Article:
Gender: female
Age: 30 to 50
Vocal range top: G5
Vocal range bottom: A3
Elizabeth's Lady-in Waiting. Becomes unresponsive and shaky-kneed when around Sir Drake.
Gender: female
Age: 18 to 30
A singer and musician at the court. Their songs often lead Queen Elizabeth and Sir Drake into various inner monologues.
Gender: any
Vocal range top: D5
Vocal range bottom: B3
Don Bernadino De Amontillado
The Spanish Ambassador to the court of Queen Elizabeth. Harbors a hate for Sir Francis Drake and allies with Sir Killigrew. Talks in an exaggerated accent and lisp.
Gender: male
Age: 20 to 60
Lord Cedric Neasden
The Lord Chancellor and an ally of Don Amontillado who yearns to end war between Spain and England. An energetic, flowery speaker who has a tough time organizing events and being on the water.
Gender: male
Age: 30 to 60
A servant of Don Bernadino and spy for Sir Killigrew. A suck-up to both his master and Lady Killigrew. Quite disgusted by Lady Killigrew's attraction in him.
Gender: male
Age: 20 to 40
Vocal range top: E5
Vocal range bottom: B3
A servant of Don Bernadino and spy for Sir Killigrew. A suck-up to both his master and Lady Killigrew.
Gender: male
Age: 20 to 60
Vocal range top: E5
Vocal range bottom: B3
The clever barmaid at the Mermaid Tavern and niece and ward to Sir Killigrew. The apple of many young men's eyes, she has a deep romantic interest in Sir Drake. Faces constant heartbreak when her love takes to the sea.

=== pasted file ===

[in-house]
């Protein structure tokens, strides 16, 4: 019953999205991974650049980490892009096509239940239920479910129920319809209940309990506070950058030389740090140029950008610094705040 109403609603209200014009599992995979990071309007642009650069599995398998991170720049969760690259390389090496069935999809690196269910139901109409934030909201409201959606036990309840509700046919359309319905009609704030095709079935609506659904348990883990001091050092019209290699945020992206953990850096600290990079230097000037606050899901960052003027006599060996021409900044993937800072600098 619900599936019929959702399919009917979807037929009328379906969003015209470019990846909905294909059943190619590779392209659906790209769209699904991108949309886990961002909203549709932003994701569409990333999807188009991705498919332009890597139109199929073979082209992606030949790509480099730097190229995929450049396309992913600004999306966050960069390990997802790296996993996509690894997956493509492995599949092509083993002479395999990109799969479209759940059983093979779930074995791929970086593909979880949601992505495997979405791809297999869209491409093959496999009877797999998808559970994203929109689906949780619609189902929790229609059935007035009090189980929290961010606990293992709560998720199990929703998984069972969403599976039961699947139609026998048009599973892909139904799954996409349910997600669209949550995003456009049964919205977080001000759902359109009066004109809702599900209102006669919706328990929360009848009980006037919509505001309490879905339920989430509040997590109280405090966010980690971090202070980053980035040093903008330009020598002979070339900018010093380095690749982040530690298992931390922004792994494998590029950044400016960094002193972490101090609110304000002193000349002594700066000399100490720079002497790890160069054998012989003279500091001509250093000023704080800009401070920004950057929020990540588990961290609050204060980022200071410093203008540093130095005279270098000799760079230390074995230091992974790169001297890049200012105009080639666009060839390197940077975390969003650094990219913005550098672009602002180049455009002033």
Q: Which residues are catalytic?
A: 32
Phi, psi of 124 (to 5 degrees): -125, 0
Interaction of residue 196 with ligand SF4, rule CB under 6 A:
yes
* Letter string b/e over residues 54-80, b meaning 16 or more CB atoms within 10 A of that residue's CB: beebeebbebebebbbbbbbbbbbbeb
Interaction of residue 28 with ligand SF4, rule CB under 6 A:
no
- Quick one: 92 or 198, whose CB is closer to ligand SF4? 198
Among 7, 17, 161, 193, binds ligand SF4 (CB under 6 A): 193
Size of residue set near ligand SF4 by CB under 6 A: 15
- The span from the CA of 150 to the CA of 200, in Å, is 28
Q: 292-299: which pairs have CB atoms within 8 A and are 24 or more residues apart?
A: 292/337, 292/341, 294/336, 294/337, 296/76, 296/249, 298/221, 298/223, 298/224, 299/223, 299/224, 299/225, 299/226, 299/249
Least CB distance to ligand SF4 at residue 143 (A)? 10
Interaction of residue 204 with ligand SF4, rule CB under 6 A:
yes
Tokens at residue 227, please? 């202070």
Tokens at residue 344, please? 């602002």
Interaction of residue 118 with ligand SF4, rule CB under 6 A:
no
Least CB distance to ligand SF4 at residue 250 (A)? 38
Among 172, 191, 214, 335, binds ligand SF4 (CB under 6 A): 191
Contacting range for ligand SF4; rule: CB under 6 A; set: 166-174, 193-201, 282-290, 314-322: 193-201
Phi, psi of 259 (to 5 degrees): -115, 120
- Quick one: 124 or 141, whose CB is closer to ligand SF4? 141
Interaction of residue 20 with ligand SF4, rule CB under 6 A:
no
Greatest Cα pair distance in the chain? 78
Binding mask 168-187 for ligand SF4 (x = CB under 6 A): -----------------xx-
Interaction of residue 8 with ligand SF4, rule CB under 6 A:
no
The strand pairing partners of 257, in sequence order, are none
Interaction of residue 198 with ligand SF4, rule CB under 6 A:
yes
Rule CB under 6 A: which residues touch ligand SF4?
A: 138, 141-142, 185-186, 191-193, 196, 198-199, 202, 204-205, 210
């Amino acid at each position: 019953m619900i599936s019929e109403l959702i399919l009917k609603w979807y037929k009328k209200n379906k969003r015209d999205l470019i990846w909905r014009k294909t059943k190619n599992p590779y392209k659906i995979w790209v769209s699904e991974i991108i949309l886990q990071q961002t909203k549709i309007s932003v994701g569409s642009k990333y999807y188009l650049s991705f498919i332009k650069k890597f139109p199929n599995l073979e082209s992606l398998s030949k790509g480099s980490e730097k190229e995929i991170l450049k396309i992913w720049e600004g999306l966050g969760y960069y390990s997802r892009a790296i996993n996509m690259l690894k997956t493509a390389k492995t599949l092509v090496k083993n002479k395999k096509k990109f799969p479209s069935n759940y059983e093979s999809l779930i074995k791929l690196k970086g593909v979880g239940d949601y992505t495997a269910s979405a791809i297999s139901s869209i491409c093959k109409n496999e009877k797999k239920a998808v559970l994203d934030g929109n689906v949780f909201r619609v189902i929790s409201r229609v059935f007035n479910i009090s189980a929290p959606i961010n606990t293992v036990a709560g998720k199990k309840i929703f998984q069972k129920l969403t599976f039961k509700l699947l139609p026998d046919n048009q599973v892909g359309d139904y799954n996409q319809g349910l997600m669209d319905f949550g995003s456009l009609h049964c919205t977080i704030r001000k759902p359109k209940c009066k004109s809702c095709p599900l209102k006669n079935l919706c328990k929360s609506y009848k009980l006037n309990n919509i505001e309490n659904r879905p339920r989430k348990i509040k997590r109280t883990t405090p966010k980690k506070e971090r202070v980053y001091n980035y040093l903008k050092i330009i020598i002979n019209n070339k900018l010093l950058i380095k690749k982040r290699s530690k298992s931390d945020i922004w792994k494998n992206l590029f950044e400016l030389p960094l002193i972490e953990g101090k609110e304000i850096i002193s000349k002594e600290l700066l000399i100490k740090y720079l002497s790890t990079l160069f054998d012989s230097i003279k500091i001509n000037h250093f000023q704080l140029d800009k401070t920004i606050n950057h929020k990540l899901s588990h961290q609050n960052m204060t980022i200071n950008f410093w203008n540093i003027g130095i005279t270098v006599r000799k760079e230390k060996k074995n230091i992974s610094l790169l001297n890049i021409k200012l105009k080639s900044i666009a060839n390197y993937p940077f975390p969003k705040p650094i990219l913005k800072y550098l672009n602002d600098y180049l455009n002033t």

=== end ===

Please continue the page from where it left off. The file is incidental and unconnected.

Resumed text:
Gender: female
Age: 20 to 50
Vocal range top: Gb5
Vocal range bottom: Bb3
Sir Francis Drake
A common seaman and recent national hero, he runs for Mayor of Plymouth against his archenemy Sir Killigrew. A brave and outspoken man who loves to make speeches. In love with Audrey, yet constantly leaves her for his true love of the sea.
Gender: male
Age: 20 to 50
Vocal range top: F#5
Vocal range bottom: A3
Sir John Killigrew
Mayor of Plymouth and Sir Drake's archenemy. Schemes to sell information to the Spanish. Uptight and disrespected in his community, he is eventually voted out of office and run out of town.
Gender: male
Age: 30 to 60
Vocal range top: Eb5
Vocal range bottom: B3
Lady Winifred Killigrew
Sir John's mother and a bit of a lush. Has a love for politics and is often the one behind her son's questionable schemes.
Gender: female
Age: 40 to 60
Vocal range top: Eb5
Vocal range bottom: B3
Sir Killigrew's right-hand man. Carries a mace which often silences any dissenting opinions. Pompous and egotistical.
Gender: male
Age: 20 to 60
Tom Cobbley
A blacksmith and captain of the Widecombe Bowling Team. An outspoken fatherly figure who makes every decision for the rest of his team.
Gender: male
Age: 20 to 50
Vocal range top: Eb5